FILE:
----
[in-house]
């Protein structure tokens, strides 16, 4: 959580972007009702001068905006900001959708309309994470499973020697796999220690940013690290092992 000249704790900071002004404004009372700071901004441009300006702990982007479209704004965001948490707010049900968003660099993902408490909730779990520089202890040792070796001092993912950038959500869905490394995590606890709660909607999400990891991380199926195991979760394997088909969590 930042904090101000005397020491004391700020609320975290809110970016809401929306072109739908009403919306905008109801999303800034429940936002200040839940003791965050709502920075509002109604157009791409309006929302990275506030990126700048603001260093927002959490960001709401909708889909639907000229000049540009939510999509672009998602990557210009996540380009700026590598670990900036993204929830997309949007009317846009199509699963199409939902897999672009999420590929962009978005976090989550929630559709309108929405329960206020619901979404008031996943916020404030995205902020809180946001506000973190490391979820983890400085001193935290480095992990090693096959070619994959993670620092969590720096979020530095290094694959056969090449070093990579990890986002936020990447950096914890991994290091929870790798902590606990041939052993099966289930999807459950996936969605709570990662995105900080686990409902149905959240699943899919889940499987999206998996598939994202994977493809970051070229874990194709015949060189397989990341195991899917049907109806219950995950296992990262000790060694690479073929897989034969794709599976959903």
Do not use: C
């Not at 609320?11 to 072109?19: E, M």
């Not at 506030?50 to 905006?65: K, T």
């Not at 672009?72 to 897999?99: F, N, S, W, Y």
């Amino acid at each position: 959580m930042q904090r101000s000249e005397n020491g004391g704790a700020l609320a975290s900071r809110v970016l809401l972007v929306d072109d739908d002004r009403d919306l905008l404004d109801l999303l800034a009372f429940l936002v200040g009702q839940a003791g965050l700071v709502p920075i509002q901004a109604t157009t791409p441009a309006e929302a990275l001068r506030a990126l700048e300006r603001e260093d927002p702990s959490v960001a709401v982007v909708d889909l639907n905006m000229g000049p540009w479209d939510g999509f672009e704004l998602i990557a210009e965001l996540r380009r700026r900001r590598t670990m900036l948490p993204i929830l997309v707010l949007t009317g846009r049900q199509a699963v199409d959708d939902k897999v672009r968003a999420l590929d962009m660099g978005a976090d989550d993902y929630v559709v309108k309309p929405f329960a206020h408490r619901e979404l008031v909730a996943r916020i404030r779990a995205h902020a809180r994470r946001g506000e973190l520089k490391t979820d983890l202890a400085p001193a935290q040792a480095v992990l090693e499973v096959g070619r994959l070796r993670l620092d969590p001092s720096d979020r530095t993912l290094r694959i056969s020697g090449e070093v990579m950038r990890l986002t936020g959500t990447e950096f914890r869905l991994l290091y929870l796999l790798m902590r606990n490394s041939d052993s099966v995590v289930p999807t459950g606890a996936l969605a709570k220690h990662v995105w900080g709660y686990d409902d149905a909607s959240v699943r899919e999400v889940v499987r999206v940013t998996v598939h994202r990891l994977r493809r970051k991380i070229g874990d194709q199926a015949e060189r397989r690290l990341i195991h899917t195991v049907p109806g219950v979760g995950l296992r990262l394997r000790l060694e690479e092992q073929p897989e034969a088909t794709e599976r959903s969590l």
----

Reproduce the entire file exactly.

[in-house]
């Protein structure tokens, strides 16, 4: 959580972007009702001068905006900001959708309309994470499973020697796999220690940013690290092992 000249704790900071002004404004009372700071901004441009300006702990982007479209704004965001948490707010049900968003660099993902408490909730779990520089202890040792070796001092993912950038959500869905490394995590606890709660909607999400990891991380199926195991979760394997088909969590 930042904090101000005397020491004391700020609320975290809110970016809401929306072109739908009403919306905008109801999303800034429940936002200040839940003791965050709502920075509002109604157009791409309006929302990275506030990126700048603001260093927002959490960001709401909708889909639907000229000049540009939510999509672009998602990557210009996540380009700026590598670990900036993204929830997309949007009317846009199509699963199409939902897999672009999420590929962009978005976090989550929630559709309108929405329960206020619901979404008031996943916020404030995205902020809180946001506000973190490391979820983890400085001193935290480095992990090693096959070619994959993670620092969590720096979020530095290094694959056969090449070093990579990890986002936020990447950096914890991994290091929870790798902590606990041939052993099966289930999807459950996936969605709570990662995105900080686990409902149905959240699943899919889940499987999206998996598939994202994977493809970051070229874990194709015949060189397989990341195991899917049907109806219950995950296992990262000790060694690479073929897989034969794709599976959903």
Do not use: C
């Not at 609320?11 to 072109?19: E, M």
């Not at 506030?50 to 905006?65: K, T």
């Not at 672009?72 to 897999?99: F, N, S, W, Y």
């Amino acid at each position: 959580m930042q904090r101000s000249e005397n020491g004391g704790a700020l609320a975290s900071r809110v970016l809401l972007v929306d072109d739908d002004r009403d919306l905008l404004d109801l999303l800034a009372f429940l936002v200040g009702q839940a003791g965050l700071v709502p920075i509002q901004a109604t157009t791409p441009a309006e929302a990275l001068r506030a990126l700048e300006r603001e260093d927002p702990s959490v960001a709401v982007v909708d889909l639907n905006m000229g000049p540009w479209d939510g999509f672009e704004l998602i990557a210009e965001l996540r380009r700026r900001r590598t670990m900036l948490p993204i929830l997309v707010l949007t009317g846009r049900q199509a699963v199409d959708d939902k897999v672009r968003a999420l590929d962009m660099g978005a976090d989550d993902y929630v559709v309108k309309p929405f329960a206020h408490r619901e979404l008031v909730a996943r916020i404030r779990a995205h902020a809180r994470r946001g506000e973190l520089k490391t979820d983890l202890a400085p001193a935290q040792a480095v992990l090693e499973v096959g070619r994959l070796r993670l620092d969590p001092s720096d979020r530095t993912l290094r694959i056969s020697g090449e070093v990579m950038r990890l986002t936020g959500t990447e950096f914890r869905l991994l290091y929870l796999l790798m902590r606990n490394s041939d052993s099966v995590v289930p999807t459950g606890a996936l969605a709570k220690h990662v995105w900080g709660y686990d409902d149905a909607s959240v699943r899919e999400v889940v499987r999206v940013t998996v598939h994202r990891l994977r493809r970051k991380i070229g874990d194709q199926a015949e060189r397989r690290l990341i195991h899917t195991v049907p109806g219950v979760g995950l296992r990262l394997r000790l060694e690479e092992q073929p897989e034969a088909t794709e599976r959903s969590l």